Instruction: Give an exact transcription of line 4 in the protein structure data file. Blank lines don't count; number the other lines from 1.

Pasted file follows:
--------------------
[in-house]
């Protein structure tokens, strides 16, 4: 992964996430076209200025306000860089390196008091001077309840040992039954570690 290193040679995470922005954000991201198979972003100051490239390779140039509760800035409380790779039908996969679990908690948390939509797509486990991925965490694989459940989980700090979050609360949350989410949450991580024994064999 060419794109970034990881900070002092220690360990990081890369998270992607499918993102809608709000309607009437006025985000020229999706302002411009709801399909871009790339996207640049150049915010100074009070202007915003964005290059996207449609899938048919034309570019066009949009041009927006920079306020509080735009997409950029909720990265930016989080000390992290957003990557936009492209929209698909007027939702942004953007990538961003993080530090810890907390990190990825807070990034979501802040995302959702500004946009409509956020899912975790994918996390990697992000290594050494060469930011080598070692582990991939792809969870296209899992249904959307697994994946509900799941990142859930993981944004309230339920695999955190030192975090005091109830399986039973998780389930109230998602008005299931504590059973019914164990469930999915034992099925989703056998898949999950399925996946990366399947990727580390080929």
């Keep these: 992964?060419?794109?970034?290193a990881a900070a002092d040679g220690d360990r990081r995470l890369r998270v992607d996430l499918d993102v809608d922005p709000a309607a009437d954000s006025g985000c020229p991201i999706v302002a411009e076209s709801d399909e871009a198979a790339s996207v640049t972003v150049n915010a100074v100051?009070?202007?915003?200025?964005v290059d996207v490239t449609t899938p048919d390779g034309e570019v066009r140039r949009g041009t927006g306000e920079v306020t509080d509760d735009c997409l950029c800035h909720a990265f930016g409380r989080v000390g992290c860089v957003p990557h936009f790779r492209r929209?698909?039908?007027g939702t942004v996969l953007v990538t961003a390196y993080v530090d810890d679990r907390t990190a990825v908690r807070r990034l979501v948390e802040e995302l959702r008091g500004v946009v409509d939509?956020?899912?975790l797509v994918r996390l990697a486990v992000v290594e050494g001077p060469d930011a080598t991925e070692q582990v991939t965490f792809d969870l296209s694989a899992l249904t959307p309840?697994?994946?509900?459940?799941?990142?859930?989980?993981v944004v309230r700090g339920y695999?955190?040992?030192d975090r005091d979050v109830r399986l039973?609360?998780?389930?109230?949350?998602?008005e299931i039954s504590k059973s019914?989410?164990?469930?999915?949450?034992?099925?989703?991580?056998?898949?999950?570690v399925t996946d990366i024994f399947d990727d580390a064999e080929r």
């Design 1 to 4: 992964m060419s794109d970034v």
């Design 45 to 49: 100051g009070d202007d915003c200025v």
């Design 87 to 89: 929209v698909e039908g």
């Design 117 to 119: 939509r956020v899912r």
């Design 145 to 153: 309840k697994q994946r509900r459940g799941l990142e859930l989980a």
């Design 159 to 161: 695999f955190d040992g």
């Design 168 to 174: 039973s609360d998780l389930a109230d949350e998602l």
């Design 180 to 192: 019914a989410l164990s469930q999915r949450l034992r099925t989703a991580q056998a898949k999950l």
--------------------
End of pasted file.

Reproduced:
């Design 1 to 4: 992964m060419s794109d970034v």